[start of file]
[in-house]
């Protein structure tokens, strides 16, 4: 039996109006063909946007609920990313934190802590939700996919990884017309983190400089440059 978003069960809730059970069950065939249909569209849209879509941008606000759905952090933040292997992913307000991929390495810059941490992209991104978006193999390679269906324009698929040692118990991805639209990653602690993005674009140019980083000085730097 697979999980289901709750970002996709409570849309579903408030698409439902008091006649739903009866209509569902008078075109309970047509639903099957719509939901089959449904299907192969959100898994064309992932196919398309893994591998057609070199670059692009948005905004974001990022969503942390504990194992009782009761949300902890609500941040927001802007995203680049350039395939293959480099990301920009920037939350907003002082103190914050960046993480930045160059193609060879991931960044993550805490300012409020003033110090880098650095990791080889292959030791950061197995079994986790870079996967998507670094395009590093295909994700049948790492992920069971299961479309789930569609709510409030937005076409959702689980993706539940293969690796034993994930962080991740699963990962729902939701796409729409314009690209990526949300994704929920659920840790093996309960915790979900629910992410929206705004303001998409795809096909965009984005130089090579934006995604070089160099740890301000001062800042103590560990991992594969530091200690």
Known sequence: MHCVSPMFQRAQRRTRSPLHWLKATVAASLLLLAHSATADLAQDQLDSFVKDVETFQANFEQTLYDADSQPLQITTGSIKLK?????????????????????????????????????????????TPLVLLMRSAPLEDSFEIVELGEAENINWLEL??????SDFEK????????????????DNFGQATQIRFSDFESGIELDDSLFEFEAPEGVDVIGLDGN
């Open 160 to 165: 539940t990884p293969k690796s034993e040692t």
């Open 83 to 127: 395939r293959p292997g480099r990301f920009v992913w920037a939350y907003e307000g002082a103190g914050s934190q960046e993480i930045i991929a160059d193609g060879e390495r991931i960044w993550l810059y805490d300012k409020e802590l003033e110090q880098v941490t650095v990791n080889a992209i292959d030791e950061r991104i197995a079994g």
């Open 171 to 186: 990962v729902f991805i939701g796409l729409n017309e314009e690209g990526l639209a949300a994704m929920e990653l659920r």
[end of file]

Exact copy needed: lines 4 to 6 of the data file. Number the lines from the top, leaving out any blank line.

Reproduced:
């Open 160 to 165: 539940t990884p293969k690796s034993e040692t």
């Open 83 to 127: 395939r293959p292997g480099r990301f920009v992913w920037a939350y907003e307000g002082a103190g914050s934190q960046e993480i930045i991929a160059d193609g060879e390495r991931i960044w993550l810059y805490d300012k409020e802590l003033e110090q880098v941490t650095v990791n080889a992209i292959d030791e950061r991104i197995a079994g």
């Open 171 to 186: 990962v729902f991805i939701g796409l729409n017309e314009e690209g990526l639209a949300a994704m929920e990653l659920r």